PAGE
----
Our company purchases an increasing volume of goods produced in countries like China where human rights abuses and unfair labor practices have been well documented. (U.S. State Departments China Country Report on Human Rights Practices 2000)
Although TJX does have an Import Compliance Program and Vendor Code of Conduct, investors have little information on whether it is adequately implemented and monitored. We believe TJX should publicly demonstrate how it enforces its standards and illustrate its use of independent monitoring, as well as detail any partnerships with respected and independent human rights and labor groups.
TJX has made many positive changes to its Import Compliance Program in the last two years. Changes include the publication of the Vendor Code of Conduct on the company website, working with a consultant to conduct audits and including the TJX Code on purchase orders. However, to be credible, we believe the process of monitoring and verification must be more transparent.
Companies such as Kohls, Nike, Aeon, Hennes & Mauritz and Inditex have issued public reports which address supplier standards and monitoring mechanisms. Given that 10 percent of TJXs business is private label, we believe our company should also be working towards best practices in this segment.
The shareholders request that the board of directors conduct a thorough review and assessment of TJXs Vendor Compliance Program and the implementation of its Vendor Code of Conduct and prepare a report, available to investors by December 2004, produced at reasonable expense and omitting proprietary information, that details the boards findings and any recommendations.
We recommend that the report include descriptions of:
|||Description of the private label sourcing system.|
|||Monitoring systems for private label products, including consulting relationships and percent of facilities currently monitored.|
|||Summary findings and responses by TJX regarding non-compliance in facilities.|
|||Assessment of policies relating to name brand sourcing.|
|||Long term goals and challenges relating to product sourcing and human rights.|
We believe this request for a report from TJX on this important issue is in the companys and shareholders best interest.
Statement of the Board of Directors in Opposition to Shareholder Proposal No. 2
TJX is fully committed to operating our business in accordance with high standards of business ethics and applicable law. We believe we have performed responsibly and in a manner consistent with those standards. TJX strongly supports efforts to improve international human rights standards.
TJX continues to review and expand our procedures related to compliance of our international vendors on international human rights issues, particularly as these procedures relate to production of our private label products, which represent less than 10% of the products we sell. We have a Vendor Code of Conduct that sets standards for the employment practices and working conditions of these suppliers. We require our international buying agents to visit factories at which we source goods to confirm that our policies are followed. We have engaged the services of Cal Safety Compliance Corporation, a respected independent third-party inspection company, to both train our buying agents and to perform independent factory audits and develop recommendations as to corrective actions by factories as a result of the audits.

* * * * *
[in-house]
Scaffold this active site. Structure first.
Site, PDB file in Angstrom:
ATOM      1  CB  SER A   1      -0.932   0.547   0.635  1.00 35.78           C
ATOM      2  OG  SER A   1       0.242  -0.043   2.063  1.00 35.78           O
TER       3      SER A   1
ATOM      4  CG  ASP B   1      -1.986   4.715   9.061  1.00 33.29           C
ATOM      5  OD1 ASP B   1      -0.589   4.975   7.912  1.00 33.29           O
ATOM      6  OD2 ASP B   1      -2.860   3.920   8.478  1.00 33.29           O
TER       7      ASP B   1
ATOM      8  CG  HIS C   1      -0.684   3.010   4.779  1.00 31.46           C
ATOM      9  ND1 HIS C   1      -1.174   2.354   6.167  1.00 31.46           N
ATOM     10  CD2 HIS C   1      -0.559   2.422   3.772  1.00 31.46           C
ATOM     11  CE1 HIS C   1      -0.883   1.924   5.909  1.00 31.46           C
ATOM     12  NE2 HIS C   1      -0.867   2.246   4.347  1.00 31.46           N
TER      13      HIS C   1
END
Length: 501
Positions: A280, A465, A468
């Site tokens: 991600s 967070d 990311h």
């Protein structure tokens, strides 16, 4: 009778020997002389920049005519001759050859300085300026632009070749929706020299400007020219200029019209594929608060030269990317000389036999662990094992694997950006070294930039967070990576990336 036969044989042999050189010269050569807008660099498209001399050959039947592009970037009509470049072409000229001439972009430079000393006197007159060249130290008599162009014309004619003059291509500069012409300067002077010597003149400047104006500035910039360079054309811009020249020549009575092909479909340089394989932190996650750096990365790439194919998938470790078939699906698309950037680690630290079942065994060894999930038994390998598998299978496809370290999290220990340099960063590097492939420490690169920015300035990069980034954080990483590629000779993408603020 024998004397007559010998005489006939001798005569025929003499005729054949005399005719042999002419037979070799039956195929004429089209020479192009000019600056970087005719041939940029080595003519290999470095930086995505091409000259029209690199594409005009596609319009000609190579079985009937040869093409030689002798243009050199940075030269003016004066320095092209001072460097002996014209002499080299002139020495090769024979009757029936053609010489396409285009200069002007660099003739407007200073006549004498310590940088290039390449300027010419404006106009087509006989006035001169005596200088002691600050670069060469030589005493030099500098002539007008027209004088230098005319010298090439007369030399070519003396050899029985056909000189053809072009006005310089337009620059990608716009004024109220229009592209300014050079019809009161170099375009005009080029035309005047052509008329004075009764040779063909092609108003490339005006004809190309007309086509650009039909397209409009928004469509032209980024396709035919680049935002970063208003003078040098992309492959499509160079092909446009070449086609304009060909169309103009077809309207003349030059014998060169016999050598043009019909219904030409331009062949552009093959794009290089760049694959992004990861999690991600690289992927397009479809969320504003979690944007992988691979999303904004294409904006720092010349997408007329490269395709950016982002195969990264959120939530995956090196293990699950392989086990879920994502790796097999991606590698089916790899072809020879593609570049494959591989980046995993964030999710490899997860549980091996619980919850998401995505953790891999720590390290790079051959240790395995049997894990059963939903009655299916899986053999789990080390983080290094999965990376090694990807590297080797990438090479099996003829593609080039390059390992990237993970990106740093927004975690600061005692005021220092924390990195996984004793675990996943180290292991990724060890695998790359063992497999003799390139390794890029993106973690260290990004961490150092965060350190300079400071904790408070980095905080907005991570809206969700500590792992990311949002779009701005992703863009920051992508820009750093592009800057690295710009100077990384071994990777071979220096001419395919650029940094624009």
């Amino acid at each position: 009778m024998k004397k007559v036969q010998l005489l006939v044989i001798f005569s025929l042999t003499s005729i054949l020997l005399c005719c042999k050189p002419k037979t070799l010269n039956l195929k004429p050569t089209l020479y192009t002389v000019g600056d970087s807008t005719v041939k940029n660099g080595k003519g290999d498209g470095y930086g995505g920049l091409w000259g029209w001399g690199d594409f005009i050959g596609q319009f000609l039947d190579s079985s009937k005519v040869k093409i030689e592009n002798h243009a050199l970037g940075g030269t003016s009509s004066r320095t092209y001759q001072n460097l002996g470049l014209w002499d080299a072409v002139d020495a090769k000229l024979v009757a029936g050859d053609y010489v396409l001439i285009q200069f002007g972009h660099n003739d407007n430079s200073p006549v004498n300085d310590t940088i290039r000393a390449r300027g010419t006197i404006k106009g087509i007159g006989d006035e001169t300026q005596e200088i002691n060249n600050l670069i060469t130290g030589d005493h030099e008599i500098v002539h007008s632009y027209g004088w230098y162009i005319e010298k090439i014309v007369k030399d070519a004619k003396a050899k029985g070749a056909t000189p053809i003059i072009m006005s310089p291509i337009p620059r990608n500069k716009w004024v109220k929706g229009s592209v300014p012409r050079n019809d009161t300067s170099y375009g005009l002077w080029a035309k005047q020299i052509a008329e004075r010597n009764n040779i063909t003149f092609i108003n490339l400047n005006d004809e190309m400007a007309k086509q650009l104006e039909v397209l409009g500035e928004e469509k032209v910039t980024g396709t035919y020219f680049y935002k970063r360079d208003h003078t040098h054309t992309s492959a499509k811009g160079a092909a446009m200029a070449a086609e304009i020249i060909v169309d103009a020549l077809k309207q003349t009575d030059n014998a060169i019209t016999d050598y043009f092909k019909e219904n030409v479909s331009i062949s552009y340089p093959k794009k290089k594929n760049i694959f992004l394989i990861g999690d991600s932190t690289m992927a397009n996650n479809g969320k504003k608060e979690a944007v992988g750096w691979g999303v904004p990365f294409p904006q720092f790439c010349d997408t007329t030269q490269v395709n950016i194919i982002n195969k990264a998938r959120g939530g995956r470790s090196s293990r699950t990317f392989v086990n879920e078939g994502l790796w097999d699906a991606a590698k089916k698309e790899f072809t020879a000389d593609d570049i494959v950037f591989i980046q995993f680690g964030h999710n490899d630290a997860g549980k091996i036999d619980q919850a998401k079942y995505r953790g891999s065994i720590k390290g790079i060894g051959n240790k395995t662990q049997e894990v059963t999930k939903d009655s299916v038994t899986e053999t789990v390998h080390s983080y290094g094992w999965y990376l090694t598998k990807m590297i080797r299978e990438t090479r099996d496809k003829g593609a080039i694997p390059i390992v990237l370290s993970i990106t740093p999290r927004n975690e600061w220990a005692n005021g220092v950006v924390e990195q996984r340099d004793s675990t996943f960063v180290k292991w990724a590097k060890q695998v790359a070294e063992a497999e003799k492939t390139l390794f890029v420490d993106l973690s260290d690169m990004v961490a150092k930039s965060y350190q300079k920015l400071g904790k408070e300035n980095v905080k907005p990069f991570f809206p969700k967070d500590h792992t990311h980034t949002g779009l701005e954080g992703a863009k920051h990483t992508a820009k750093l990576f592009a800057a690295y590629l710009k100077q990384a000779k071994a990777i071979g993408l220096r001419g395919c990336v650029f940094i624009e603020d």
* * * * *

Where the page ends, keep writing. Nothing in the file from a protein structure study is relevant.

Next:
We are committed to making information related to our Vendor Compliance Program available to our shareholders and the public. To that end, we have posted on our corporate website information about our Import Compliance Program including our Vendor Code of Conduct as well as information about our Compliance Audit Guidelines and a description of the procedures followed by our buying agents and our third-party auditor. Because we view the specifics of our private label sourcing program to be proprietary, we feel it would be detrimental to TJX to make details relating to that program generally available. However, our Import Compliance Program applies both to the monitoring of our agents as well as the factories which produce our private label products.
Your Board of Directors believes that this proposal 2, if adopted, would only duplicate our existing efforts already underway. In addition, preparation of a formal report would require unnecessary expense and divert management from focusing on TJXs ongoing compliance efforts. We believe that, because TJXs ongoing expansion of our vendor standards addresses the concerns raised by the proposal, adopting the proposal would be duplicative and counterproductive.
Your Board of Directors unanimously recommends a vote AGAINST approval of Shareholder Proposal 2.
SHAREHOLDER PROPOSAL 3
Proponents Proposal and Statement in Support. RESOLVED: That the stockholders request that the Board of Directors take the steps necessary to declassify the election of Directors by insuring that in future Board elections directors are elected annually and not by classes as is now provided. The declassification shall be phased in so that it does not effect the unexpired terms of Directors previously elected.
This resolution requests that the Board end the present staggered board system with 1/3 of Directors elected each year and instead ensure that all Directors are elected annually. We believe shareholders should have the opportunity to vote on the performance of the entire board each year.
Increasingly, institutional investors are calling for the end of this system. Californias Public Employees Retirement System, New York City pension funds, New York State pension funds and many others including the Council of Institutional Investors, and Institutional Shareholder Services, one of the most influential proxy evaluation services, support this position.